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Late father's stolen bike returned to Rochester family

Faced with a terminal brain cancer diagnosis, Karl Vielhaber had plans to pass on his bike to his son. Then days after his death, it was gone.

ROCHESTER, Minnesota — Karl Vielhaber loved being outside. Whether kayaking, hiking or biking, the only thing that could make it better was sharing it with his family. 

"As long as he was with me and our kids and we were outside, that was his most happy place he could be," said Jennifer Vielhaber, Karl's wife. 

So when Karl was diagnosed 16 months ago with a glioblastoma brain tumor, he didn't stop doing the things he loved. 

"His body stayed strong during that whole time," Jennifer recalled. 

It included one last ride on his mountain bike, just ten days before his death. On August 13, Karl died at the age of 52. 

"Doesn't matter how much you know that it's coming... it just tears you apart," Jennifer said. 

Credit: Vielhaber family
Karl Vielhaber, 10 days before he died.

One week after his death, Jennifer was in their garage in southwest Rochester's Southern Hills neighborhood when she noticed his bicycle was missing. 

"It was always there and then it wasn't," she said. 

Karl, Jennifer and their three kids would all bike together. David, their 15-year-old son, had outgrown his bike. Karl planned on passing the bike on to his son. It was his favorite possession.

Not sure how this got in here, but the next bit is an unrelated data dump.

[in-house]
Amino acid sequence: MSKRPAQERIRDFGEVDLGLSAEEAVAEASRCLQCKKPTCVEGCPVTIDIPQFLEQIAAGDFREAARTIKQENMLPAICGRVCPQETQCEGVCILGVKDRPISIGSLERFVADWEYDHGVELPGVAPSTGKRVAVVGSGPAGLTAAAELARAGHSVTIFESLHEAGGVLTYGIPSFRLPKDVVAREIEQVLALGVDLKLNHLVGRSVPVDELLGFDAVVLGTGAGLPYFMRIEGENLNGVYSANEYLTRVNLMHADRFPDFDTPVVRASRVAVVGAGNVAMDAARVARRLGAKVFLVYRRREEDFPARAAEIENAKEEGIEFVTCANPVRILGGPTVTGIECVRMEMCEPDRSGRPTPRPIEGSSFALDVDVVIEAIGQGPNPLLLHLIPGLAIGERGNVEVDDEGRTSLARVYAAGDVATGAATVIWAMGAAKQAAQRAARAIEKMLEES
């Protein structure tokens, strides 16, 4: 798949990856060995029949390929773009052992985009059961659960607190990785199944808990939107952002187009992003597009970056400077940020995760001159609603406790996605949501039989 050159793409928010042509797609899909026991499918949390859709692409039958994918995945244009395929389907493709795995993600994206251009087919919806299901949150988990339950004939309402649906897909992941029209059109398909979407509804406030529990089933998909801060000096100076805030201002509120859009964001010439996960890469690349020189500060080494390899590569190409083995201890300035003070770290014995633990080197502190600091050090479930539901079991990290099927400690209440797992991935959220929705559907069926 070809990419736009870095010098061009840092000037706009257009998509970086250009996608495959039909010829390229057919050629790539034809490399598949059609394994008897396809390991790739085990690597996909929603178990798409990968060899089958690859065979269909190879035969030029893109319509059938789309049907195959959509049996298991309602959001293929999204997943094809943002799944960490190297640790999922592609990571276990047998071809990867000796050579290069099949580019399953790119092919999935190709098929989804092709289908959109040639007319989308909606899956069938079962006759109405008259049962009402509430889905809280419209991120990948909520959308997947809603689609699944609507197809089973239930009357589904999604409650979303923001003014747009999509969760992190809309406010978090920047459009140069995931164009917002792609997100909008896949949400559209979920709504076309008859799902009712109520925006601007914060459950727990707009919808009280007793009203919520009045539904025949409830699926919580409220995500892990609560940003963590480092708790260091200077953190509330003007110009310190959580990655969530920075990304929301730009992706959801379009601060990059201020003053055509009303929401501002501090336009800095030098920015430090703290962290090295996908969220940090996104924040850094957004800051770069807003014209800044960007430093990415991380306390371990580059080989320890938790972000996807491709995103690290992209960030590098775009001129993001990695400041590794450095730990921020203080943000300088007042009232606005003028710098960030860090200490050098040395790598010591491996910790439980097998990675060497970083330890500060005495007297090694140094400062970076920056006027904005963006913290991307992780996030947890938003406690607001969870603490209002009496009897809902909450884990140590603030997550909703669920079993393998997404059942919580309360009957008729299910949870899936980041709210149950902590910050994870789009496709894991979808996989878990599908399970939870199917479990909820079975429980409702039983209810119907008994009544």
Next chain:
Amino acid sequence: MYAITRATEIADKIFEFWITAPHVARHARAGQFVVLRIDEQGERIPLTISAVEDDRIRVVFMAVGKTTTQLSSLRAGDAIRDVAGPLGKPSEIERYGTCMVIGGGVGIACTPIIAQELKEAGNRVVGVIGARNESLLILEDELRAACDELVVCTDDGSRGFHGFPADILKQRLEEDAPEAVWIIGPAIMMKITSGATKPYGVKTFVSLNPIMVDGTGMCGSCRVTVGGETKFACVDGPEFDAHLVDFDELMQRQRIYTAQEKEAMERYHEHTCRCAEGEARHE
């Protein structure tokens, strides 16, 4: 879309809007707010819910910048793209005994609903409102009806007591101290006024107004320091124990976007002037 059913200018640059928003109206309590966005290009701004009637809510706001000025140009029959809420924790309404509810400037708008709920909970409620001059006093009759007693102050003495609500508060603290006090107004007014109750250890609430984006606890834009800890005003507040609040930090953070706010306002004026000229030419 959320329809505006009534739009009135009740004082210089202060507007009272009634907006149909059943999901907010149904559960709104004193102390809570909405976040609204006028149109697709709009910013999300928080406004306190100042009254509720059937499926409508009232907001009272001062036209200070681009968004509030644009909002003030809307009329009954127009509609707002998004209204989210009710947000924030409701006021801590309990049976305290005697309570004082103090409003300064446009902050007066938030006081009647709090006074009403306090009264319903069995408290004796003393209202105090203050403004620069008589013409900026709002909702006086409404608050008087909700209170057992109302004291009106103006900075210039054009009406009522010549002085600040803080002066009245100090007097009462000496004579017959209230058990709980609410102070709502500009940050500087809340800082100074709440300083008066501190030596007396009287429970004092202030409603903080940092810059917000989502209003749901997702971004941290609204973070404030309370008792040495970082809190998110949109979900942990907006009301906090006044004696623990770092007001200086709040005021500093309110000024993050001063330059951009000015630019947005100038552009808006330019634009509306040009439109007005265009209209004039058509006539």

"He continued to work on it because he wanted it to be just in perfect shape for his son to have after he passed," she said. 

Jennifer guesses it was stolen out of their garage sometime between August 8-19. In the final days Karl was alive, many people were coming and going and the garage door was most likely left open at one point. 

Credit: Vielhaber family
Another picture showing Karl Vielhaber's stolen mountain bike.

"Realizing that the bike had been taken out of our home felt incredibly violating. I felt unsafe in my own home which is where I was trying to grieve and recover and help my children kind of put their life back together... and I felt unsafe and I felt like I wanted to tell Karl and talk to Karl and have him help me know what to do," Jennifer said. 

Jennifer ended up posting about the bike on Facebook. Since then, her post has been shared more than 2,000 times — including to groups that keep an eye out for stolen bikes. 

In Jennifer's Facebook post, she wrote, "My son lost his Dad a week ago. We can't bring back his father, but please help us bring back the bike."

On Aug. 26, the family says the bike was returned with "some significant damage," but Jennifer added that "the scars on the bike will remind us of the incredible help and kindness shown to my family this past week."

"This experience was a poignant reminder that kindness, love, and compassion surround us. Your collective concern allows me to feel less scared of navigating this world as a widow," Jennifer told KARE 11. "Thank you for helping get the bike back to my son."

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